What's at Stake If There's a Lockout at the Met Opera

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TIMELINE: A History of Labor Disputes at the Met

Pre-season preparations are underway at the Metropolitan Opera: the chorus is rehearsing, tech crews are plotting out scenery and staging. In the next couple weeks, stage rehearsals start for Carmen, La Boheme and Macbeth, and The Marriage of Figaro. But they may all have to be put on hold if a contract deal isn't reached by Thursday night with the company's 2,437 singers, orchestra musicians, stagehands and other workers. Management has vowed to lock out the unionized staff starting on Friday.

"If something was to get to a delayed start, it would not be quite as easy to push a button and say, 'we settled and we're back and we can reopen,'" said Ken Benson, an opera consultant and veteran artist manager. "I think opera has become a so much more complex machine, so that has complicated scheduling tremendously."

Opera companies plan their seasons up to five years in advance. And locked out Met singers will also have a harder time finding replacement work, especially since the collapse last fall of New York City Opera.

"I'm afraid I would not be so optimistic about even wonderful singers being able to pick up work at the last minute," said Benson. "It just isn't there. Even the good regional opera companies across the country are booked for the next couple of years."

When the Met had a three-month labor battle in 1969, nearly 20 percent of its subscribers dropped off and it took the company five years to recoup the losses. The last time there was a lockout, in 1980, it lost donors and it took four years for ticket sales to rebound. Some question whether today's audiences will be nearly as loyal.

Karen Dixon is a Met chorus member. She says that some of the issues musicians fought over in 1980 are back on the table again. "That was when we gained some of the work rules that he wants to rip out from under us," she said. "That our base salary is set on four performances a week, things like that all happened at that point."

The "he" is Met general manager Peter Gelb. 

"I believe truly that Peter Gelb has planned a lockout from the very beginning," Dixon added. "I don't believe he ever wanted to seriously talk over the table. If he did he would have not have…put into proposals the extreme nature of what he did, in every aspect of our job."

Peter Gelb, General Manager of The Metropolitan Opera, in the HD production truck.
Peter Gelb, General Manager of The Metropolitan Opera, in the HD production truck. (Ken Howard/Met)

Gelb declined a request for an interview. The Met is seeking to cut worker compensation by as much as 17 percent, saying that it faces a dire financial crisis due to slowing box office revenues and reluctant donors. The company points out that singers in its chorus earn $200,000 dollars a year, although unions call that figure misleading because nearly half of that is in overtime pay.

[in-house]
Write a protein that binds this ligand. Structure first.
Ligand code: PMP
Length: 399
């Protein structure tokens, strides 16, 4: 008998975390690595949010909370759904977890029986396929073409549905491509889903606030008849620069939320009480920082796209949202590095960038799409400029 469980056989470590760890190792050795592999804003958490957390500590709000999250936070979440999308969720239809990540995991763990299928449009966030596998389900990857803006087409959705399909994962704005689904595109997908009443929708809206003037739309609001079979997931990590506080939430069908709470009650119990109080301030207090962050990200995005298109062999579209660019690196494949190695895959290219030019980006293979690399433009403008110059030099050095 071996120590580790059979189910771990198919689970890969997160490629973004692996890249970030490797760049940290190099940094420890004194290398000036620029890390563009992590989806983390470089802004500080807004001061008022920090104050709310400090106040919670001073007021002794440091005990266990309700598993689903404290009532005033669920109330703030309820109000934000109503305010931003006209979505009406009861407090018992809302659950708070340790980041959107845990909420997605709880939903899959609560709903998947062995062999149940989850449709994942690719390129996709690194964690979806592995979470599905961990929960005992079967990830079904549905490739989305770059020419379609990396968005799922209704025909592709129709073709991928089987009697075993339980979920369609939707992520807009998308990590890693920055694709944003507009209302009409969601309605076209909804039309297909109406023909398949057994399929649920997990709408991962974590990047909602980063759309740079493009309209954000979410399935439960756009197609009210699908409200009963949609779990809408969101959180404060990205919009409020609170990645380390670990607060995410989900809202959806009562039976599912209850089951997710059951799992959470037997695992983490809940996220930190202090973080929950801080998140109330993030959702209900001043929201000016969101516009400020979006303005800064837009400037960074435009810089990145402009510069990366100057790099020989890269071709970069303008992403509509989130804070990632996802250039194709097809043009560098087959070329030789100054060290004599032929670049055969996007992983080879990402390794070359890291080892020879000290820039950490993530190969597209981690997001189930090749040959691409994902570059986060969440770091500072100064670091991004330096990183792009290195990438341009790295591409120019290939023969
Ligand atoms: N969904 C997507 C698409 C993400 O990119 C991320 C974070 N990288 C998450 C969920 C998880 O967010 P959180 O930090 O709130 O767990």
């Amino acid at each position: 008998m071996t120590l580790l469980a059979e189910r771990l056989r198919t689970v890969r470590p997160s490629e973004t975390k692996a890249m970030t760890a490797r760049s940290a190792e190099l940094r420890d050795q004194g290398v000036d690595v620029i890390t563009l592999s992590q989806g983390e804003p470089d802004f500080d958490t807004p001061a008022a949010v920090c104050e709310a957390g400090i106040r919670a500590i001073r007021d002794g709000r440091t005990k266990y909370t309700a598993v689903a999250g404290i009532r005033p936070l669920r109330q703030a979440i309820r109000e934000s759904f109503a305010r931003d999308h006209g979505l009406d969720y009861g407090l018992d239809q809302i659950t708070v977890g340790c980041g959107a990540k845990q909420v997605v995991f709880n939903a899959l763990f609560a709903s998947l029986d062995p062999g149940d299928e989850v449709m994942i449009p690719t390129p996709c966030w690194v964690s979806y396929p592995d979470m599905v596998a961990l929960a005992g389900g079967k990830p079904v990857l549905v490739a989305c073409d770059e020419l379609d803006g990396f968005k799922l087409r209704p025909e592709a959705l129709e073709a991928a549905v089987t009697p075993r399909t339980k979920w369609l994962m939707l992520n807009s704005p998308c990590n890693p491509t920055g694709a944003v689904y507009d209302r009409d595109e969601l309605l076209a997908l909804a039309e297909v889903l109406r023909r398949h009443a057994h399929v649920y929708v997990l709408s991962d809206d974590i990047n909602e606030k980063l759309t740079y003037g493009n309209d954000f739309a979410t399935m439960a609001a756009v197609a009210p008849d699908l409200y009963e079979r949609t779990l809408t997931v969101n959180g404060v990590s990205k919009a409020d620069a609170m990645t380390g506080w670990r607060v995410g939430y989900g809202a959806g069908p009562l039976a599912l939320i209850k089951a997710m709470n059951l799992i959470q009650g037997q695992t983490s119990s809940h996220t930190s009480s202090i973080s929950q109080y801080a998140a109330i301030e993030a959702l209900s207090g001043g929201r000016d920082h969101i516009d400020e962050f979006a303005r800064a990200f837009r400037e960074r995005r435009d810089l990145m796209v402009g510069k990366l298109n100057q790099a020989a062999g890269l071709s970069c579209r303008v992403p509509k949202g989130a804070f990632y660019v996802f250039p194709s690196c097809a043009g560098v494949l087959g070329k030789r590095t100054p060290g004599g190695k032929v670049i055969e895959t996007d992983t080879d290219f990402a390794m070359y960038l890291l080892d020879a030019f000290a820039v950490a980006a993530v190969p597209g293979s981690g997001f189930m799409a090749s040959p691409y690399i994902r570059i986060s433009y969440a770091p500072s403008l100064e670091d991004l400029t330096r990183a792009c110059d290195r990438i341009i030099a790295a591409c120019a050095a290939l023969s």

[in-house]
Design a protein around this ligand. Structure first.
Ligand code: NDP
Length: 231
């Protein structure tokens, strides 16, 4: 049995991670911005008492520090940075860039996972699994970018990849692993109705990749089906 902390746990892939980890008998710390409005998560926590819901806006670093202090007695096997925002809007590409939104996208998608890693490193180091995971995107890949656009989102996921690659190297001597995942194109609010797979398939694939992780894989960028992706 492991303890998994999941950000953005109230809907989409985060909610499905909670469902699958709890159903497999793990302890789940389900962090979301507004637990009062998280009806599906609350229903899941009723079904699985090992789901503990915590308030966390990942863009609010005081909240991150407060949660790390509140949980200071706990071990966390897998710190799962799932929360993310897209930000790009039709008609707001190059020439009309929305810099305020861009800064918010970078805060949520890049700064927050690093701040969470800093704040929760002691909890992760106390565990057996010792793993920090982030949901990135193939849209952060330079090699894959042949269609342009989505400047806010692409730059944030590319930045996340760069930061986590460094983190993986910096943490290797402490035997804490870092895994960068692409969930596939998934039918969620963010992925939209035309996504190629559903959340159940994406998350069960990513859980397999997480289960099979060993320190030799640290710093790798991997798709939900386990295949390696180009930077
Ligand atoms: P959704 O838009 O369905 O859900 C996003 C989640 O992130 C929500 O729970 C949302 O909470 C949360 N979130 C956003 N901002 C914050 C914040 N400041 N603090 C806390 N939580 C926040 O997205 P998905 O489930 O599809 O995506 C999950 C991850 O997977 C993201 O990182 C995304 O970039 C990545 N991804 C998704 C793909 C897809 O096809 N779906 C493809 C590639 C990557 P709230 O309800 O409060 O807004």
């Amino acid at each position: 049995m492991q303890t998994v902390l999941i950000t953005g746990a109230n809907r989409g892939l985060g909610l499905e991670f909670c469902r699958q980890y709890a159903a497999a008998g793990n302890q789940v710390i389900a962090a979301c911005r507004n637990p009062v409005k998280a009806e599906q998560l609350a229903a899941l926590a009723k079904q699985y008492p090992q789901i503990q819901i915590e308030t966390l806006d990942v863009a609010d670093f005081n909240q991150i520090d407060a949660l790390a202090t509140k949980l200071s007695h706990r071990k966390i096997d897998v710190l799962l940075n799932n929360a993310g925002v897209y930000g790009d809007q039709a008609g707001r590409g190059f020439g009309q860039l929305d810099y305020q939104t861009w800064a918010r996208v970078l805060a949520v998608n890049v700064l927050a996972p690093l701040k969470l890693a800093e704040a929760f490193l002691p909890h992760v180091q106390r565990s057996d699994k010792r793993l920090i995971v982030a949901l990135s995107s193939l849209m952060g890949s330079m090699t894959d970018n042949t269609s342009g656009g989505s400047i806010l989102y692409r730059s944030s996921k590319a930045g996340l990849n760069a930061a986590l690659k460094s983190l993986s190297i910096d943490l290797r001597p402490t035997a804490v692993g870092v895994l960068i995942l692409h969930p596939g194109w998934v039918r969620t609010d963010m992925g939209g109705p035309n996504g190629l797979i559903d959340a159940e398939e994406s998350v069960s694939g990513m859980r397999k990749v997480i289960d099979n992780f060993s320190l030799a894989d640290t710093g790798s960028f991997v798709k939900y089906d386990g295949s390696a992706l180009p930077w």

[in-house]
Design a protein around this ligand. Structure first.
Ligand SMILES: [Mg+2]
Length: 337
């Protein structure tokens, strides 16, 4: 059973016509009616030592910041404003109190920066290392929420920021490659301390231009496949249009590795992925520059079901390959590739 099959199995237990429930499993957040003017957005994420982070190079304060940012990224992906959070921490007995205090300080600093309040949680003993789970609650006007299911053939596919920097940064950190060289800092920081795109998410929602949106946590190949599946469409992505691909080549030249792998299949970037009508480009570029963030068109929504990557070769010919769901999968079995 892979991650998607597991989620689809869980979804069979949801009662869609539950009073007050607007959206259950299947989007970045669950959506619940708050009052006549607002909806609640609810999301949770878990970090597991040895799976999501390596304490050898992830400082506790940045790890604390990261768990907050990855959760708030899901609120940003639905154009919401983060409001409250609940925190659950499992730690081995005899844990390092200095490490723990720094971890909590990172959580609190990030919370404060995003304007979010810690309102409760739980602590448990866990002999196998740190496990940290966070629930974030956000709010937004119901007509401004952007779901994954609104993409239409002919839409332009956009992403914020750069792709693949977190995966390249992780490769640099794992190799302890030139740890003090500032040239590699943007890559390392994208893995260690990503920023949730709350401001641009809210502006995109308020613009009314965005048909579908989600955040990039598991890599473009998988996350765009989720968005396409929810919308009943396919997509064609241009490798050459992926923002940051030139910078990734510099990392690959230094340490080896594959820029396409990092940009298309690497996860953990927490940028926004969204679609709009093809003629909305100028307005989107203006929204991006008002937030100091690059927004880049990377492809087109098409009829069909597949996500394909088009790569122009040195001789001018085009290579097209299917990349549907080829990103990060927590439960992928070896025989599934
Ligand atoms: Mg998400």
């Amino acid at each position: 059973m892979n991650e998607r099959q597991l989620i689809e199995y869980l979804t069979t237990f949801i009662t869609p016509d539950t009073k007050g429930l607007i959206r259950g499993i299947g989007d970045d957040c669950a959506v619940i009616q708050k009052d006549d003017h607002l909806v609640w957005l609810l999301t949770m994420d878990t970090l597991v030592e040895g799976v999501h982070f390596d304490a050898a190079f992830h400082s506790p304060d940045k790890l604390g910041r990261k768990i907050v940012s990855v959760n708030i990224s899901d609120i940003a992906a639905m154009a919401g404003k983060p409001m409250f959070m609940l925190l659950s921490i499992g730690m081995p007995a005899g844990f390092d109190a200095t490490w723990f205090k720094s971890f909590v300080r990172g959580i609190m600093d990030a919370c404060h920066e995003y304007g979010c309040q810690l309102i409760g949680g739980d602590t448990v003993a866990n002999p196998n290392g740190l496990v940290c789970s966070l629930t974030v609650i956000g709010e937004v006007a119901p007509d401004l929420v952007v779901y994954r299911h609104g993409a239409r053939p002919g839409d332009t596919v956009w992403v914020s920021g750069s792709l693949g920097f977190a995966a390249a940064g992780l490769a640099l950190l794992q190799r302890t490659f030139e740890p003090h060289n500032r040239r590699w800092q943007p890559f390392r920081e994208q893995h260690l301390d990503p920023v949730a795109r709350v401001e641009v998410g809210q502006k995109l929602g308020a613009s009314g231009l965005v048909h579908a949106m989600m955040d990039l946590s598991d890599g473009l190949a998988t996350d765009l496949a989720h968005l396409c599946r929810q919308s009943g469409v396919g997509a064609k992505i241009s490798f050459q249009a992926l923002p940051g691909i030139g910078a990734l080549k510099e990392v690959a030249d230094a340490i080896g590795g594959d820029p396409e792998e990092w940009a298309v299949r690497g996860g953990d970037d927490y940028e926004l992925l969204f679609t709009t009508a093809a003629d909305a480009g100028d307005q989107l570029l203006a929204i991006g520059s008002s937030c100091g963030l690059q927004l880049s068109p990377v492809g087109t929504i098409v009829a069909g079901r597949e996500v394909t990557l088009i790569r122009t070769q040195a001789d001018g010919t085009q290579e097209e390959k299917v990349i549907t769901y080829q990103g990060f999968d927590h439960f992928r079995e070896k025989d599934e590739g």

Last month, Gelb spoke on the BBC's "Music Matters" program.

"Even if I was the worst manager in the world, if two-thirds of the cost structure is going to the unions, that's an area that has to be cut," he said. "This change has to happen now. The donors, the board members cannot support the Met as generously as they have in the past, unless they see a light at the end of the tunnel. They're putting their money into an operation that will ultimately go bankrupt." 

The unions say that the Met's problems are due to poor management and lavish spending, especially on new productions. A controversial production of Wagner's Ring Cycle came with a $16 million dollar price tag.

So what if a lockout occurs? A 1961 strike was averted after President Kennedy ordered the secretary of labor to arbitrate the dispute. In 1980, President Jimmy Carter named a federal mediator to the talks. At a meeting on Monday, Bruce Simon, an attorney for the singers' union, predicted similar high-profile intervention. He said, "It will be the mayor, it will be the governor, it will be some extraordinary figure that will appear and produce a mechanism that will get the parties together, return to work and produce a settlement."

It's possible that the sides in this dispute will continue to talk for several more days or weeks beyond Thursday's contract expiration. But with The Marriage of Figaro due to open the season on September 22, there's not much time. As one union representative put it, a lockout would be an operatic tragedy.


Sources: Metropolitan Opera Archives; Molto Agitato: The Mayhem Behind the Music at the Metropolitan Opera, by Johanna Fiedler